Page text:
5 ways to improve minority participation in medical trials

Clinical trials are an essential part of the process required to get new treatments and therapies approved for use in a patient population. These studies aim to evaluate whether a medication is safe and effective for patients to use — therefore, making sure the individuals who participate in the study reflect the real-world population is essential.

Unfortunately, representation in clinical trials often does not reflect the patient population at large, and the majority of clinical trials are conducted on white men of Western European descent. Despite the fact that people of color comprise around 40% of the U.S. population, these communities only make up between 2 and 16% of clinical trial participants. Though the FDA has issued guidance surrounding the increase of diversity in clinical trials, conscious and intentional action among industry professionals is the only way to ensure minority patients are properly represented.

In 2017, Antidote was privileged to host an extraordinary group of patients and advocates to discuss the impact of diversity in medical trials. Led by Andrew Schorr, a well-known patient advocate and the co-founder of Patient Power, an organization devoted to supporting cancer patients, care partners, and other loved ones through education and advocacy. The group talked about strategies for championing diversity in clinical trial patient recruitment and how industry professionals can help minority patients find and access medical research. Watch the full video below, or scroll down for a few highlights gleaned from the conversation.



  • Andrew Schorr, Founder of Patient Power (moderator)
  • David White, Patient Advocate at the American Kidney Fund
  • Michael Spigler, Vice President of Patient Services and Kidney Disease Education at the American Kidney Fund
  • Diane Gross, National Director of Advocacy and Programs at the Lupus Research Alliance
  • Donna Cryer, President of the Global Liver Institute
  • Jason Resendez, Executive Director of LatinosAgainstAlzheimer’s Coalition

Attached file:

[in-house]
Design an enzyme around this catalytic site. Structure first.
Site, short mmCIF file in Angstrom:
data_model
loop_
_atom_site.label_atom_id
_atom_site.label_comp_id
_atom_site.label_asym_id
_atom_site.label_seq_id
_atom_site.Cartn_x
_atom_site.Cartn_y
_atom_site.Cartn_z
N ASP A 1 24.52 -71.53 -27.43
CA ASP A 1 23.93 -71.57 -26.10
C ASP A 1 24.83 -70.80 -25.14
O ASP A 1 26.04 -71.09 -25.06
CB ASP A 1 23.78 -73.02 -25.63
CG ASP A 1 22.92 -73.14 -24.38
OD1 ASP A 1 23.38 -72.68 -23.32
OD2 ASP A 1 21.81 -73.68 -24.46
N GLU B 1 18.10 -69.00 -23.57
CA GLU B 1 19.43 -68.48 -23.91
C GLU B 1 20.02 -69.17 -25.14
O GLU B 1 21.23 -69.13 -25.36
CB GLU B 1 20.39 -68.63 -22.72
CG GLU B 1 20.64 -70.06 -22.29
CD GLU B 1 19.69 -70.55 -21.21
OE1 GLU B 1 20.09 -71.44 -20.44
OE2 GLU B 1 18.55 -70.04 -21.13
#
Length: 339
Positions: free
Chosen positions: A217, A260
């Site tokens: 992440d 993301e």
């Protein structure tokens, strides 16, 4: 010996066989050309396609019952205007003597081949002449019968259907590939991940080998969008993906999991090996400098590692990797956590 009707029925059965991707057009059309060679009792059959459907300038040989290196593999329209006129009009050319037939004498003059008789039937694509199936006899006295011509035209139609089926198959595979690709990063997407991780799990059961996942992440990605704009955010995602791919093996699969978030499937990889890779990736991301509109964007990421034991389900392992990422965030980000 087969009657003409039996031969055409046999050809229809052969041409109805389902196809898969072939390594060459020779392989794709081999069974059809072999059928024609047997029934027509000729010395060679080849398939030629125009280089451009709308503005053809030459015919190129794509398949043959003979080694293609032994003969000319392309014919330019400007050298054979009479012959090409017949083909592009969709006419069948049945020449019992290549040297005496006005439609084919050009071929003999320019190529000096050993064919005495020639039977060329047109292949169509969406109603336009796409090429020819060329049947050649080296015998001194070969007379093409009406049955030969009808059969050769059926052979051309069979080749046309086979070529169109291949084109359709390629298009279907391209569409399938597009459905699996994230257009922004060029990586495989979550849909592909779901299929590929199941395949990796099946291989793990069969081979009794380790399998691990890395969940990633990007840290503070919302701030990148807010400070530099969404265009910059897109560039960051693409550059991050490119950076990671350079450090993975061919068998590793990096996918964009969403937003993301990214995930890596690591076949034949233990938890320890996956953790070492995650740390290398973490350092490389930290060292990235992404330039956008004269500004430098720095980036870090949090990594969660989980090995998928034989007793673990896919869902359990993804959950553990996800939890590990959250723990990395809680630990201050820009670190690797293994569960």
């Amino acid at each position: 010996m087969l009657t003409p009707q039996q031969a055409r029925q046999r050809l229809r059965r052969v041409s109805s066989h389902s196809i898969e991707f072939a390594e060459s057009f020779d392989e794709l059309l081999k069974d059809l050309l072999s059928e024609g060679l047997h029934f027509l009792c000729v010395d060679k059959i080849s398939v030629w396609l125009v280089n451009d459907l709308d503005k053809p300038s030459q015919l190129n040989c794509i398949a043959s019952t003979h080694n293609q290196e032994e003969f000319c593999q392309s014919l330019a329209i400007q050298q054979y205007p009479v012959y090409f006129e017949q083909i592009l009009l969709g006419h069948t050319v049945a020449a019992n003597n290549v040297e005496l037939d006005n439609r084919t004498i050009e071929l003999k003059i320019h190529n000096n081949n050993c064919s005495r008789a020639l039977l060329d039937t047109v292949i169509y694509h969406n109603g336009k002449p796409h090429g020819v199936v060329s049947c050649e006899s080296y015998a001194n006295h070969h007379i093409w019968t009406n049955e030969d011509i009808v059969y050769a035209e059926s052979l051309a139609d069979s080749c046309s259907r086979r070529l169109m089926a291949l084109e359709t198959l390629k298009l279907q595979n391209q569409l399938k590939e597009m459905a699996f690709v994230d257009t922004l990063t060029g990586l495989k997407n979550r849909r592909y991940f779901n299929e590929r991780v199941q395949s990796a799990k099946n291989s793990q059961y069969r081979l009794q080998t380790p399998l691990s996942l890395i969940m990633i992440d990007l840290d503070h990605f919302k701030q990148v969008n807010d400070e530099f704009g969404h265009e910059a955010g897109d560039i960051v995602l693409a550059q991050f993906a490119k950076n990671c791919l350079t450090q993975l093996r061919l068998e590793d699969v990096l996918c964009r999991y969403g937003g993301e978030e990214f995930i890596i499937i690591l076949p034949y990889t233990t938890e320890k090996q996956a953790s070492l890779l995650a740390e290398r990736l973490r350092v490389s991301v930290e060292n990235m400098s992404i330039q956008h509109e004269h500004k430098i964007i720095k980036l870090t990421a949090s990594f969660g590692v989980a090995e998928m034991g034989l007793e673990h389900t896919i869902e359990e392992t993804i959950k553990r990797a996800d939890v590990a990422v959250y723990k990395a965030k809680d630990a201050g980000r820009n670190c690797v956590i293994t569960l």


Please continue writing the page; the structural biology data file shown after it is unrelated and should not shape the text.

How to improve diverse representation in clinical trials

Build partnerships with groups that patients already trust.

For some potential participants, a major roadblock to their trial participation stems from a lack of trust in the healthcare system. Donna Cryer, President of the Global Liver Institute, stated, “There isn’t a foundation [of trust] laid. Efforts to bring clinical trials through to community groups, with churches, with trusted intermediaries are so important to establish that trust and rapport.” If patients have the opportunity to learn about the value of medical research and the possibility of participating, it becomes easier to connect individuals with potential trial opportunities.

Connect researchers and patients in person.

Many individuals are not familiar with how clinical trials work — one survey reported that 40% of adults didn’t understand the medical research process. To address this, the Lupus Research Alliance once hosted a clinical trials fair, inviting both researchers and patients to help bridge that knowledge gap. “We had more than 300 people attend the event and it reflected the demographics of the population,” said Diane Gross, National Director of Advocacy and Programs at the Lupus Research Alliance. “We brought the patients and the researchers together, talking to each other and learning from each other.”

Design trials to be more patient-centric.

Even with the best clinical trial recruitment strategies, studies that aren’t patient-centric will likely have a difficult time finding patients that represent a diverse cross-section of the population. A point made by Michael Spigler, Vice President of Patient Services and Kidney Disease Education at the American Kidney Fund, detailed how many clinical trial sites only offer visits on weekdays during normal business hours. This can be hard for any patient to participate in but is often more difficult for individuals from historically disadvantaged communities.

Consider health literacy when designing outreach materials.

Even if someone is interested in taking part in a clinical trial, understanding the dense language that study listings often employ can make the process unnecessarily confusing. “You can’t search clinicaltrials.gov if you don’t know the magic phrases that a normal person wouldn’t speak,” said Cryer. Research shows that 9 out of 10 adults have difficulty understanding health information, and this is an especially pertinent concern for Spanish-dominant communities. “A structural issue is that on clinicaltrials.gov, there’s not a way to search for trials in Spanish,” said Jason Resendez, Executive Director, LatinosAgainstAlzheimer’s Coalition.

Engage patient advocates who have participated in studies.

Personal stories about clinical trial participation can be a powerful way to inspire others to get involved with medical research. “The most important thing to do is make an effort to reach the community and speak to them in language that they understand,” said David White, a patient who works with the American Kidney Fund. Working with patients, advocacy groups, and other organizations that have a direct line to others in the community can be a strong strategy for connecting with patients on a human level and increasing diverse patient enrollment.

At Antidote, we are committed to enhancing underrepresented patient populations in clinical trials. We have a history of outreach that ensures the patient population is properly represented — if you’d like to learn more, get in touch today.